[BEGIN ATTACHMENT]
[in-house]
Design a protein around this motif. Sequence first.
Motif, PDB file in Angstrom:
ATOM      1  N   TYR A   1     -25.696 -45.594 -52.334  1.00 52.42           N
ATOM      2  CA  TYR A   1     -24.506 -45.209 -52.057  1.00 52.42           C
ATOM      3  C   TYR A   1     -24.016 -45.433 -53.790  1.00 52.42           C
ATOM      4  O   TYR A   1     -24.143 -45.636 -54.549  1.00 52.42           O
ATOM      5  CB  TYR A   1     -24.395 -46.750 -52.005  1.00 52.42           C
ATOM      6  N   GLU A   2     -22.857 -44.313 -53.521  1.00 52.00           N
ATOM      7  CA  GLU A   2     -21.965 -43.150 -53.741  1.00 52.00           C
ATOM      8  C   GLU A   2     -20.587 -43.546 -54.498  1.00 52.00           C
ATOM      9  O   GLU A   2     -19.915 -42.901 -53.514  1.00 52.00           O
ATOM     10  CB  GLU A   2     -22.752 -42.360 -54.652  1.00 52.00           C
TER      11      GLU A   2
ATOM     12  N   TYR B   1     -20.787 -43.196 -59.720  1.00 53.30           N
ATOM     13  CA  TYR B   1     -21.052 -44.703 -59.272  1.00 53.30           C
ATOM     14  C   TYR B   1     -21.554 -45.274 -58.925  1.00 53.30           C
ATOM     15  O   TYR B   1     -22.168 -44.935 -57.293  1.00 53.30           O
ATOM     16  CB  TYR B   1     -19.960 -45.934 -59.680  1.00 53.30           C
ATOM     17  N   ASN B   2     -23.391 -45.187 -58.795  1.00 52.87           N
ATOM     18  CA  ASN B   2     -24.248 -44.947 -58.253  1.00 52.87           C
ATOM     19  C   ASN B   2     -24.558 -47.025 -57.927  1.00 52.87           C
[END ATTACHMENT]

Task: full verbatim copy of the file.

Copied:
[in-house]
Design a protein around this motif. Sequence first.
Motif, PDB file in Angstrom:
ATOM      1  N   TYR A   1     -25.696 -45.594 -52.334  1.00 52.42           N
ATOM      2  CA  TYR A   1     -24.506 -45.209 -52.057  1.00 52.42           C
ATOM      3  C   TYR A   1     -24.016 -45.433 -53.790  1.00 52.42           C
ATOM      4  O   TYR A   1     -24.143 -45.636 -54.549  1.00 52.42           O
ATOM      5  CB  TYR A   1     -24.395 -46.750 -52.005  1.00 52.42           C
ATOM      6  N   GLU A   2     -22.857 -44.313 -53.521  1.00 52.00           N
ATOM      7  CA  GLU A   2     -21.965 -43.150 -53.741  1.00 52.00           C
ATOM      8  C   GLU A   2     -20.587 -43.546 -54.498  1.00 52.00           C
ATOM      9  O   GLU A   2     -19.915 -42.901 -53.514  1.00 52.00           O
ATOM     10  CB  GLU A   2     -22.752 -42.360 -54.652  1.00 52.00           C
TER      11      GLU A   2
ATOM     12  N   TYR B   1     -20.787 -43.196 -59.720  1.00 53.30           N
ATOM     13  CA  TYR B   1     -21.052 -44.703 -59.272  1.00 53.30           C
ATOM     14  C   TYR B   1     -21.554 -45.274 -58.925  1.00 53.30           C
ATOM     15  O   TYR B   1     -22.168 -44.935 -57.293  1.00 53.30           O
ATOM     16  CB  TYR B   1     -19.960 -45.934 -59.680  1.00 53.30           C
ATOM     17  N   ASN B   2     -23.391 -45.187 -58.795  1.00 52.87           N
ATOM     18  CA  ASN B   2     -24.248 -44.947 -58.253  1.00 52.87           C
ATOM     19  C   ASN B   2     -24.558 -47.025 -57.927  1.00 52.87           C